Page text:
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-   -   Two heaters, one vent pipe? (http://www.diychatroom.com/f17/two-heaters-one-vent-pipe-167553/)

fullermatt 12-27-2012 08:41 PM

Two heaters, one vent pipe?
 
I have an Empire natural gas fired room heater that is in a room adjacent to my garage. The vent pipe for the heater goes out horizontally through the wall into the garage then goes up through the garage ceiling and eventually through the roof.

I am interested in adding a natural ages fired heater to the garage and am wondering if I can tie into the same vent so that I do not have to put another hole in the roof.

Looking at a ceiling mounted, forced air, gas heater, but would love to hear if anyone has better ideas. Thanks in advance, Matt

Thanks

Missouri Bound 12-27-2012 08:49 PM

Most of those heaters are power vented and require a vent of their own. Many can be wall vented, if that helps.:whistling2:

ben's plumbing 12-27-2012 10:13 PM

Quote:

Originally Posted by fullermatt (Post 1080841)
I have an Empire natural gas fired room heater that is in a room adjacent to my garage. The vent pipe for the heater goes out horizontally through the wall into the garage then goes up through the garage ceiling and eventually through the roof.

I am interested in adding a natural ages fired heater to the garage and am wondering if I can tie into the same vent so that I do not have to put another hole in the roof.

Looking at a ceiling mounted, forced air, gas heater, but would love to hear if anyone has better ideas. Thanks in advance, Matt

Thanks

need to know the size of existing flue pipe...the btus of both heaters and some pictures would help so we can see what you have and if its possible to vent both in same flue or if you need to enlarge pipe...ben sr...iam assuming there both draft hood appliances

fullermatt 12-28-2012 06:35 PM

2 Attachment(s)
The pipe is a Type B vent, about 4.5 in in diameter.


Here are some pics of the heater and the vent. I have looked at the manual for the Empire (dated 1969) heater but cannot tell what the BTU is. The garage heater I was looking at is 50,000 BTU and is here....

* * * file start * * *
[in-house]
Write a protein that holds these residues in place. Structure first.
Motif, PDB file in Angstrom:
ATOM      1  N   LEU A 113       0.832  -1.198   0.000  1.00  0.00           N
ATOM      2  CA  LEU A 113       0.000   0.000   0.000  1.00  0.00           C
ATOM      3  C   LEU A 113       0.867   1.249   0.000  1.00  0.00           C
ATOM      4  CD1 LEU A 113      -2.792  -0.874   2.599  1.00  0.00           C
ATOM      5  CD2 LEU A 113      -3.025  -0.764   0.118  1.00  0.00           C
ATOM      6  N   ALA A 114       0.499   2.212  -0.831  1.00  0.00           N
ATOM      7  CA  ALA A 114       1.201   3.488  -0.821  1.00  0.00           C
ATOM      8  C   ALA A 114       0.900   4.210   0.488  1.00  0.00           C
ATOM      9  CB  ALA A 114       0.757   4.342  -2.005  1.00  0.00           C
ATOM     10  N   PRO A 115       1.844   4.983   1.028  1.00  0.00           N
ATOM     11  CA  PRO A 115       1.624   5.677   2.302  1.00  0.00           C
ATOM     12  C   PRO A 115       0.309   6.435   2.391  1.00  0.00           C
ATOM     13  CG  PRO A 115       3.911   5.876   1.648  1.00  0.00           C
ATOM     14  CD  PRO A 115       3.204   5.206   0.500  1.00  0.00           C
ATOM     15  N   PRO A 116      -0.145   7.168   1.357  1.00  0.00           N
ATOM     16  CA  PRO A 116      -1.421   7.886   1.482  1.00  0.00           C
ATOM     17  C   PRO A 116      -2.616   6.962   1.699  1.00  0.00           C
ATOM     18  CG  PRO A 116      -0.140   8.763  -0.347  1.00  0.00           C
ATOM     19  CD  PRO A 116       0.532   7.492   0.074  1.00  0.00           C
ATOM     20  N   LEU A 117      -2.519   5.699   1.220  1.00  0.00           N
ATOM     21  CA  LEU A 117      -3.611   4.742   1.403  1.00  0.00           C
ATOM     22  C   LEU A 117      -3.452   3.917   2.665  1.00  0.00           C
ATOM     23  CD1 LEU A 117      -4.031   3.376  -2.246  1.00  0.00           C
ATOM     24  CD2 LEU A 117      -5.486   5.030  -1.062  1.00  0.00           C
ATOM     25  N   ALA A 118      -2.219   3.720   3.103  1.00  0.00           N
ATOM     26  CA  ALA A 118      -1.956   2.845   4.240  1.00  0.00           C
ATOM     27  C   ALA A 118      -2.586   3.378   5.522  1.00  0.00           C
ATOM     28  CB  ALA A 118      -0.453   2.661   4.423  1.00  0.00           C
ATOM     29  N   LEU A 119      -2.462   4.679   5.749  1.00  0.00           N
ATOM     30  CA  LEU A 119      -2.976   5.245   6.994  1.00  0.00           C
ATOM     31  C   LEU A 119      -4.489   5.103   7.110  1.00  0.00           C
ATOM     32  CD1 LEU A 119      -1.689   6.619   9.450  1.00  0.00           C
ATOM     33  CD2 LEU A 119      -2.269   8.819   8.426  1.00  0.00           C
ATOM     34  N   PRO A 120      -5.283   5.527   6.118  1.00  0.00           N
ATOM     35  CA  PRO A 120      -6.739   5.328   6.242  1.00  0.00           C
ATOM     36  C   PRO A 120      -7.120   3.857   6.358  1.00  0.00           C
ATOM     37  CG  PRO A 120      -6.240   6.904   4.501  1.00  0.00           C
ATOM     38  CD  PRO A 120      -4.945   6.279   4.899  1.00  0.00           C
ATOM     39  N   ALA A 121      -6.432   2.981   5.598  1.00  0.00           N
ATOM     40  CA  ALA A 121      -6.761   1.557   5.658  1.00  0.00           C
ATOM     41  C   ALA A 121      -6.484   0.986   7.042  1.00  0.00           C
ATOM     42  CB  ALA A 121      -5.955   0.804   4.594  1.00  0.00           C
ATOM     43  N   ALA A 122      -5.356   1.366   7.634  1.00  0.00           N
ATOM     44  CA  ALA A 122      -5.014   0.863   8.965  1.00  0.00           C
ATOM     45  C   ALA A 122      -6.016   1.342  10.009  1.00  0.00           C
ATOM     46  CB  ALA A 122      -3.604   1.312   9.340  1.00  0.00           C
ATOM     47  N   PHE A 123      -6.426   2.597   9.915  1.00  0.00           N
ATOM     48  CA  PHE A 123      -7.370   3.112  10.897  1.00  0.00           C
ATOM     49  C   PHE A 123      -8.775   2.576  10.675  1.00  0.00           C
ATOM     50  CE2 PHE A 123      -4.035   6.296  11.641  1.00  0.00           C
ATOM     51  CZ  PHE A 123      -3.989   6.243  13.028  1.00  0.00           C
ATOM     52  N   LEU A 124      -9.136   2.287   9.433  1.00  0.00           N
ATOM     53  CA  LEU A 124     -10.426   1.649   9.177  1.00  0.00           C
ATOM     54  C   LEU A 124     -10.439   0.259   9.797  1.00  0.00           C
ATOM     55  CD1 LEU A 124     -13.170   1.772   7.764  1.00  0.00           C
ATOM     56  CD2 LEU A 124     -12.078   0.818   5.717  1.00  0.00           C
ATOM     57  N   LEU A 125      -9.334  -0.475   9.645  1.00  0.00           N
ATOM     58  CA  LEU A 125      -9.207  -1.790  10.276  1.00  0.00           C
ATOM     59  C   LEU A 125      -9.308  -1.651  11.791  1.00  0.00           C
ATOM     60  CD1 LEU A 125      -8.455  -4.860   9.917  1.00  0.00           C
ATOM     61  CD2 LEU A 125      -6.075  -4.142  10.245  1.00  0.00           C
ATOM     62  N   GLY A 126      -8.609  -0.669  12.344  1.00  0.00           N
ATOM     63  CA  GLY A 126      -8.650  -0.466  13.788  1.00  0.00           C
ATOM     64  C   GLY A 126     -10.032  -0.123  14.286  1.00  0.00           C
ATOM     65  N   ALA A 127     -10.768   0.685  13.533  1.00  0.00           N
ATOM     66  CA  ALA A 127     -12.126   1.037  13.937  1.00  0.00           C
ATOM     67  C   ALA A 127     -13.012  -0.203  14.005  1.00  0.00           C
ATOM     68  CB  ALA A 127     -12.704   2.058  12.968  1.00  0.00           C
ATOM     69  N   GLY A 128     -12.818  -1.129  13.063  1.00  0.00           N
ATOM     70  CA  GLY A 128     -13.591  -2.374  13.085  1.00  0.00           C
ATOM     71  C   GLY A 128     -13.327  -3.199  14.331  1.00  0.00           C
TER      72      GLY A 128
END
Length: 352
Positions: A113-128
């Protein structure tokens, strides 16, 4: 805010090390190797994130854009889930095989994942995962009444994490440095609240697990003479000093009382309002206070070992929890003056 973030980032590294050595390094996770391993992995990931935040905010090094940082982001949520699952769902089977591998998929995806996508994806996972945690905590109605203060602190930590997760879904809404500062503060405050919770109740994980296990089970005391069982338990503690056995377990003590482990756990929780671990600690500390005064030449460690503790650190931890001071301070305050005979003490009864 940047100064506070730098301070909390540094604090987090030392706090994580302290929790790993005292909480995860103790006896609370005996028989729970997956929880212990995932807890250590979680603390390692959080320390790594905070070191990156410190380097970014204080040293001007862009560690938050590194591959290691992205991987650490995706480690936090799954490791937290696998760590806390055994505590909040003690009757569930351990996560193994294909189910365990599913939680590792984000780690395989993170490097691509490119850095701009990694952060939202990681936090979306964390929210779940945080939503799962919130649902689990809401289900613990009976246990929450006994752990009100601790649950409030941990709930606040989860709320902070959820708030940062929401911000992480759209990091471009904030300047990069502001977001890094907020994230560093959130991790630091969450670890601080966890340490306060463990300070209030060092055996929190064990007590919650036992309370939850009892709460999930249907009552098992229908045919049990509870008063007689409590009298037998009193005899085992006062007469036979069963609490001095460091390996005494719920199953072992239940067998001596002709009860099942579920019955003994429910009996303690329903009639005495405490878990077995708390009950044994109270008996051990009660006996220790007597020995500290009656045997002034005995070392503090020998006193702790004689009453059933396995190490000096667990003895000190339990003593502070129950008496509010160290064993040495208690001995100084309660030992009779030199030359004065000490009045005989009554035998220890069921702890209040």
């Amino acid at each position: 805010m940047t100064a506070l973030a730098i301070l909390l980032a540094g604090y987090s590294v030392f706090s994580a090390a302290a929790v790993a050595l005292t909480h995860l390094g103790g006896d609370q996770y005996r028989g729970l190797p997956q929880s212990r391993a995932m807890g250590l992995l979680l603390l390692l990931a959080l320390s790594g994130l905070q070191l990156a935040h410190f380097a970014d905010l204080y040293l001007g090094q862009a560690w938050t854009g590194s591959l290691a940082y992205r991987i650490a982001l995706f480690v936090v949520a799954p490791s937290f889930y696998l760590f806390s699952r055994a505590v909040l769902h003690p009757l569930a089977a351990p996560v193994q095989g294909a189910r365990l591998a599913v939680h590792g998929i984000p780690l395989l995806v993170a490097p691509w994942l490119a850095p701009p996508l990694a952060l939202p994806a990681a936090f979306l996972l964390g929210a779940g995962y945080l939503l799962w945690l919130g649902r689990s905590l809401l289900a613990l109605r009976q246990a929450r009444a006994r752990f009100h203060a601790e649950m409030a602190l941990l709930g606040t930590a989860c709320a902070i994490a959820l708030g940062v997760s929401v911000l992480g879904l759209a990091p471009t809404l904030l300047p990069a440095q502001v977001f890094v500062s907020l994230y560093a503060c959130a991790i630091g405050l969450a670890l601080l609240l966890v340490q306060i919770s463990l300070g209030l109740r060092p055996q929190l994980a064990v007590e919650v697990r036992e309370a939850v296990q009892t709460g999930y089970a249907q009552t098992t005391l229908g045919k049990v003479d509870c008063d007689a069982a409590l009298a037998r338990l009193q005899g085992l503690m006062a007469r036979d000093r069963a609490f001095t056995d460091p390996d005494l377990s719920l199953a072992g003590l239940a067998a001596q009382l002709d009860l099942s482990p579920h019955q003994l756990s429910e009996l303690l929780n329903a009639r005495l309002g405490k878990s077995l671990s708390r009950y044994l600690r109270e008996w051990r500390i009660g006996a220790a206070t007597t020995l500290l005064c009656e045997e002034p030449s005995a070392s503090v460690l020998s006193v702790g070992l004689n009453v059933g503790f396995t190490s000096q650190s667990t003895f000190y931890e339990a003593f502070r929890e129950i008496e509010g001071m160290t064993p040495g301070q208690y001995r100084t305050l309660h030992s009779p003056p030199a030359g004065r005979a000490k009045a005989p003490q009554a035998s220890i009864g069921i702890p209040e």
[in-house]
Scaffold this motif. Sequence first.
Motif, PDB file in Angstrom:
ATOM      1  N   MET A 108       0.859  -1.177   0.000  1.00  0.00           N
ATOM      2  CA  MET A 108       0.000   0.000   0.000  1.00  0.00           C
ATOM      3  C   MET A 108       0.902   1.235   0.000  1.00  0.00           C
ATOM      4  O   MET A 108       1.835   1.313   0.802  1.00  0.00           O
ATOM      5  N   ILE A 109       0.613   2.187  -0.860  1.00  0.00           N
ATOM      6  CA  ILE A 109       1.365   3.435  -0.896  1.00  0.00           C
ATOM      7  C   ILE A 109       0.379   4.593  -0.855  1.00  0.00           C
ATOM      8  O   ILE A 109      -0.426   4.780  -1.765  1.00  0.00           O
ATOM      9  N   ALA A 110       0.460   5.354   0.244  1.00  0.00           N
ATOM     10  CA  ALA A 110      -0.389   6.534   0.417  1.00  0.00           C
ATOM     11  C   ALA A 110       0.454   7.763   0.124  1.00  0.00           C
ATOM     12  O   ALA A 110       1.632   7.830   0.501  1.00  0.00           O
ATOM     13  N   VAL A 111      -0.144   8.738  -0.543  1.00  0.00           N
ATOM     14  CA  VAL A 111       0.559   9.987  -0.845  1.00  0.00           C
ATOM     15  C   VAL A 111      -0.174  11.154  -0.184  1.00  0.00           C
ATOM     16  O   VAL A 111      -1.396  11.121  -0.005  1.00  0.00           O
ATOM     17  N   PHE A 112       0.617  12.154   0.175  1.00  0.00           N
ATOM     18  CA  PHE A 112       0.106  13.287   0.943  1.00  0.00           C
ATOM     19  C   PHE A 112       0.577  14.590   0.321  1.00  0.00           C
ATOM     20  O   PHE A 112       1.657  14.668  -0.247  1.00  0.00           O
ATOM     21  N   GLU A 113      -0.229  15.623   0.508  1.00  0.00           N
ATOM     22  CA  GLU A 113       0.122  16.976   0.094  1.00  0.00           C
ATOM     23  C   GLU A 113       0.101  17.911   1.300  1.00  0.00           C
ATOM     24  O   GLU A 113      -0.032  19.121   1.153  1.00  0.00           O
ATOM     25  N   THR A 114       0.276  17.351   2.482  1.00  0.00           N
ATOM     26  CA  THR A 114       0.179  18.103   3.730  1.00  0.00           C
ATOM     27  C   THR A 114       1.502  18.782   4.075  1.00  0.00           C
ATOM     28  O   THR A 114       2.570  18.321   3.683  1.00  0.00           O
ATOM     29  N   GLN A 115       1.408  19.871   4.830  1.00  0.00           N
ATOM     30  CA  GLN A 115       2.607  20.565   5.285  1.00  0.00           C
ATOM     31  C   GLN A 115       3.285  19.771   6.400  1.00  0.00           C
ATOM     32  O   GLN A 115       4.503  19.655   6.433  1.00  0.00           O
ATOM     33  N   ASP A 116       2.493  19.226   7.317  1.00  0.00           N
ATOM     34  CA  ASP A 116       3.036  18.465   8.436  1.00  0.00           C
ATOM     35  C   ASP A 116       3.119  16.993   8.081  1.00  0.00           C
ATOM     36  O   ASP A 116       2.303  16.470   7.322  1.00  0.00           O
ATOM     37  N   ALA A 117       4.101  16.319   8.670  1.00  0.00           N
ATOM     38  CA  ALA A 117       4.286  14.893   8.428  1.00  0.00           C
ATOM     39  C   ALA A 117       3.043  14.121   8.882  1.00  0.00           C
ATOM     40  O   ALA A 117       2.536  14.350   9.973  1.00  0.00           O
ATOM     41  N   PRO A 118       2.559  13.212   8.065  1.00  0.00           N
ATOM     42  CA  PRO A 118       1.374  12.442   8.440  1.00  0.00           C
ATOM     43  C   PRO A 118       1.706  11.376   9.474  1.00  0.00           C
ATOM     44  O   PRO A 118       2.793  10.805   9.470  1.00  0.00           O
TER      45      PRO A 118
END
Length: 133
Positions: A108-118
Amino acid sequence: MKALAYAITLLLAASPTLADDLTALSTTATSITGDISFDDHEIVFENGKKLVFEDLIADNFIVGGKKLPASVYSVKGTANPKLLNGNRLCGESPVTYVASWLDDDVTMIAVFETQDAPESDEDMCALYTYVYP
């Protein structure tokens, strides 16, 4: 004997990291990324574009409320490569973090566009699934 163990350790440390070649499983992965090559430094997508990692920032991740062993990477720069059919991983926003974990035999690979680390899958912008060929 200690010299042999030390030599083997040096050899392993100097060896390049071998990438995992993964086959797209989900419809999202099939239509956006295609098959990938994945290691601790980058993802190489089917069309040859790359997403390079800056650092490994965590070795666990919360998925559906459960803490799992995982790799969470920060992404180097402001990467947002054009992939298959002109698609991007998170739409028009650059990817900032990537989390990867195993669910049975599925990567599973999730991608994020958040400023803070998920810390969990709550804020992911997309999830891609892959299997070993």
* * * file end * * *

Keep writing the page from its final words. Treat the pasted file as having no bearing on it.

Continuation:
http://www.northerntool.com/shop/too...7749_200577749

I suspect there is no way to tie in another heater into a type b vent, but thought it was worth asking.

ben's plumbing 12-28-2012 06:51 PM

Quote:

Originally Posted by fullermatt (Post 1081463)
The pipe is a Type B vent, about 4.5 in in diameter.


Here are some pics of the heater and the vent. I have looked at the manual for the Empire (dated 1969) heater but cannot tell what the BTU is. The garage heater I was looking at is 50,000 BTU and is here....

http://www.northerntool.com/shop/too...7749_200577749

I suspect there is no way to tie in another heater into a type b vent, but thought it was worth asking.

with out really knowing total btus its hard to say ...but I really feel that if you were to attempt this...where they join togeother it would have to go to 5" up through roof..ben sr

Missouri Bound 12-28-2012 07:54 PM

Because of the power venting it will need it's own vent. If you vented it into the existing pipe (if at all possible) it would and could push the gases down into the esisting heater and into the room atmosphere.:yes:

carmon 12-28-2012 09:00 PM

power vented and natural draft vented together all the time.... i dont like the chances on this one though....

Missouri Bound 12-28-2012 11:27 PM

Common Venting of Gas Appliances | January 2011 Inspector eNews

See if this helps you at all. :thumbup:

beenthere 12-29-2012 09:10 AM

You'll need to know the BTU total of both units, and then determine if your current B vent is big enough. If it is big enough, you will also need to determine if you can hang the new heater high enough for code, and still put a tee into the current B vent high enough that the flue pipe slopes upward toward the tee.

While code allows what you ant to do. Be careful, since it could still exhaust fumes into your home when the garage heater first starts until the B vent warms up. I personally recommend against what you want to do because its too easy to have CO come out of your space heater in the home while your using the garage heater. And if someone else is in the home, or even when you come back into the home, you could suffer CO poisoning in a very short period of time, and die or become very ill.

That garage heater is approved for horizontal venting, and it would be safer for everyone in the home if you sidewall vented it.

carmon 12-29-2012 09:21 AM

I agree with Beenthere 100% ...please listen to him he knows his stuff and is again correct..... :thumbsup:

fullermatt 01-01-2013 10:09 AM

Thanks for all the input. I have decided to go with a ventless wall mount for now. I don't need it to run all the time, just when I am working on something. The ventless should be able to get plenty of fresh air since my garage is not air tight. Thanks again.


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